WSO performs powerful version of Tchaikovsky's Symphony No. 6

“How Ya Gonna Keep ‘em Down on the Farm After They’ve Seen Paree” go the World War I lyrics that reaffirmed my thoughts on the Williamsburg Symphony Orchestra’s use of the Community Chapel for its Tuesday program.

The WSO has used the facility before to great musical advantage. Its positives are many: plenty of free parking, a non-pothole filled and well-lit parking lot; a large lobby; seating to allow more than 800 people to attend on one night as opposed to two nights at the Kimball Theatre, which can handle about 400 per night, not to mention allowing for substantial audience expansion; the stage allows the orchestra decent space, room for additional members, a large chorus and one or two grand pianos.

Importantly, it has super acoustics, the major reason for using the Chapel. It offers the best sound venue around, short of the Ferguson. During this program of works I know quite well, I heard musical subtleties that would have been lost in the Kimball. In fact, while I’ve heard principal cellist Neal Cary perform as a soloist with the WSO, I never, until Tuesday, was able to truly hear his warm, inviting and lyrical sound.

The Chapel allowed the WSO to shine and showcase its many fine qualities, as was evident with musical text and subtext combining for a total listening experience. In honesty, conductor Janna Hymes should have scheduled her going-away program in May here to allow a big sound celebration of her 15 seasons here.

Speaking of Hymes, Tuesday afternoon, she had to cancel due to illness. Fortunately, Chia-Hsuan Lin, the associate conductor of the Richmond Symphony, jumped in and went through an afternoon rehearsal with the WSO before leading them through a thoroughly top-drawer performance a few hours later.

Lin was a rock solid conductor whose perfect control over the music and orchestra resulted in superlative playing. Her animated presence on the podium transferred into involved music making. Her peppy delivery of comments positioned her as a cheerleader for the WSO, one who brought from them high quality performances. The WSO also vigorously cheered her presence, as did the audience.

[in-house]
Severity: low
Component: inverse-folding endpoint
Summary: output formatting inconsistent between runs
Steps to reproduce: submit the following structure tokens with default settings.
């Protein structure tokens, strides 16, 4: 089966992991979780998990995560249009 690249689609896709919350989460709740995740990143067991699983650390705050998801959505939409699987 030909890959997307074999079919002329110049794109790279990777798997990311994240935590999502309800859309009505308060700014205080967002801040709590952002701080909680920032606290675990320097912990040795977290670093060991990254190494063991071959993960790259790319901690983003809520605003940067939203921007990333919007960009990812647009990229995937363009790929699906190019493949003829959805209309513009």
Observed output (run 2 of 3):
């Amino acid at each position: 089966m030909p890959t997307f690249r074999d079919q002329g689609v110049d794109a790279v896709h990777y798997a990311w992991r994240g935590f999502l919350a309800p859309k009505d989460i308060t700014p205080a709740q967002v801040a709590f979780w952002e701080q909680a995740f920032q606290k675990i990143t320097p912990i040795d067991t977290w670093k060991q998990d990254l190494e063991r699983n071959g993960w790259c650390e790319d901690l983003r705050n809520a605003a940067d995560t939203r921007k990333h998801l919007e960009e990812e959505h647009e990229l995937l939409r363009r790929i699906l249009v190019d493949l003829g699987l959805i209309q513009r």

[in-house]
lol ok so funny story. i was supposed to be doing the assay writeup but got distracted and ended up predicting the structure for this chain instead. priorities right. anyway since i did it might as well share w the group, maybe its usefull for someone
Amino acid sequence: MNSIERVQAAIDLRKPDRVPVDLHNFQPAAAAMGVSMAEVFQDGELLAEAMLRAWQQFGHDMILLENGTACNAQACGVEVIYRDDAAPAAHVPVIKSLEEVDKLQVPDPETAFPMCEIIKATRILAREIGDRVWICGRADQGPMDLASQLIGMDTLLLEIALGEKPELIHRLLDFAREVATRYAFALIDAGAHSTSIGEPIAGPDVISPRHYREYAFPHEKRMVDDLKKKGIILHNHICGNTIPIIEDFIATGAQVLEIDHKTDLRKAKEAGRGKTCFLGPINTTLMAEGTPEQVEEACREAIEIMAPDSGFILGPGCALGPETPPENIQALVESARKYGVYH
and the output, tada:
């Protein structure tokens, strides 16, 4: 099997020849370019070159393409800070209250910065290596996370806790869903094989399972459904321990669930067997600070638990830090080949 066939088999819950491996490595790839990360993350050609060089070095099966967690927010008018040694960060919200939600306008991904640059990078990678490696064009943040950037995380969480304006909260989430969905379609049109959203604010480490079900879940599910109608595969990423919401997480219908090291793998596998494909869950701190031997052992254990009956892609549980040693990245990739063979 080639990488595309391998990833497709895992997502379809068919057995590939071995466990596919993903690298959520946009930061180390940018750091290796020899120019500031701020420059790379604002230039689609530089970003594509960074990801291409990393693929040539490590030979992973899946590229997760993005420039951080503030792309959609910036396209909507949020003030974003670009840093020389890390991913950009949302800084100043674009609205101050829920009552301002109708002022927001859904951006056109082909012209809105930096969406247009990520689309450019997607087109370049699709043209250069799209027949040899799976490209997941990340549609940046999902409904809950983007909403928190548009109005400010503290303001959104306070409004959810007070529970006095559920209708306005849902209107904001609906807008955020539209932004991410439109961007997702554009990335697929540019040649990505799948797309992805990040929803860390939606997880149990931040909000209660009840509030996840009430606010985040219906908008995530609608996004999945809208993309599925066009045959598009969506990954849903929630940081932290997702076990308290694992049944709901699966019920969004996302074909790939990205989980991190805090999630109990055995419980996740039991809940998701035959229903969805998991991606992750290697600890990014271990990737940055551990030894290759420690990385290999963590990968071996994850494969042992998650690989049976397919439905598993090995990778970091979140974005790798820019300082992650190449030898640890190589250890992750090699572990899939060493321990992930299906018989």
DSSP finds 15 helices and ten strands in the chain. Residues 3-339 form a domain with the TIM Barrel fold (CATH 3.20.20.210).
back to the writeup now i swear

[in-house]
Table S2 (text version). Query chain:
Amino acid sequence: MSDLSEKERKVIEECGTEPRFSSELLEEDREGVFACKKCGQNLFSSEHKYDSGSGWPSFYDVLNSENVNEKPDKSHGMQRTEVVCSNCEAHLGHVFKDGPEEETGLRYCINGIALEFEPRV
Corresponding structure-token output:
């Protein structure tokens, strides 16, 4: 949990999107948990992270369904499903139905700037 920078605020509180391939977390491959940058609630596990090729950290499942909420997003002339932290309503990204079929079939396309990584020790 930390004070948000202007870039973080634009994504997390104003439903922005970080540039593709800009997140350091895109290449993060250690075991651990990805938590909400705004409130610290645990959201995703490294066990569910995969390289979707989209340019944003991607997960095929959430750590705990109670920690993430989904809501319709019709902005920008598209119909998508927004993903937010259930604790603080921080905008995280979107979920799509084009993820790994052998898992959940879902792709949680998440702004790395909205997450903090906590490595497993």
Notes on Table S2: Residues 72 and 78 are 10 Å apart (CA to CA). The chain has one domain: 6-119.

The featured fare was Tchaikovsky’s Symphony No. 6. Subtitled “Pathetique,” it’s a dark reflection on aspects of his life and its emotional despair. That he premiered the work nine days before he died set the tone for debates concerning its meaning, application and implication to his less than cheery life. The oddity of that is few composers of his era could so purposefully use richly textured orchestration as an artist a brush in creating a canvas of layered feelings and emotions. That he created some of the most romantic ballet scores ever, as well as operas, overtures, concerti, choral pieces, and chamber works, many of them mainstays of musical chills and thrills, adds to the complexity of his life and music.

Despite debates over its meaning, there’s no debating the work’s lasting appeal. The WSO embraced the second movement’s lines with lyricism and lightness and the third with pulse-raising effervescence. But, it was the first and last sections that relayed its overwhelming sense of sadness, loneliness and heartbreak. Powerful stuff.

Lin’s approach to the work was thoughtful and passionate, drawing us into the vortex of Tchaikovsky’s darkness in a moving and profound manner. It was an exceptionally absorbing interpretation and rendering of which the WSO should be proud.

The remainder of the program consisted of Aaron Copland’s energetic “Outdoor Overture,” which was done with spirit and energy and Rimsky-Korsakov’s colorful “Capriccio Espagnol,” the latter providing a showcase for individual players to showcase their capabilities, tasks they carried out with panache.

I hope negotiations with the Chapel can allow it to be the WSO home. It’s where this orchestra belongs. The community, the musicians and the music deserve nothing less than the best.

Shulson, a Williamsburg resident, has been covering the arts for more than 40 years. He makes a guest appearance in Margaret Truman's "Murder at the Opera."

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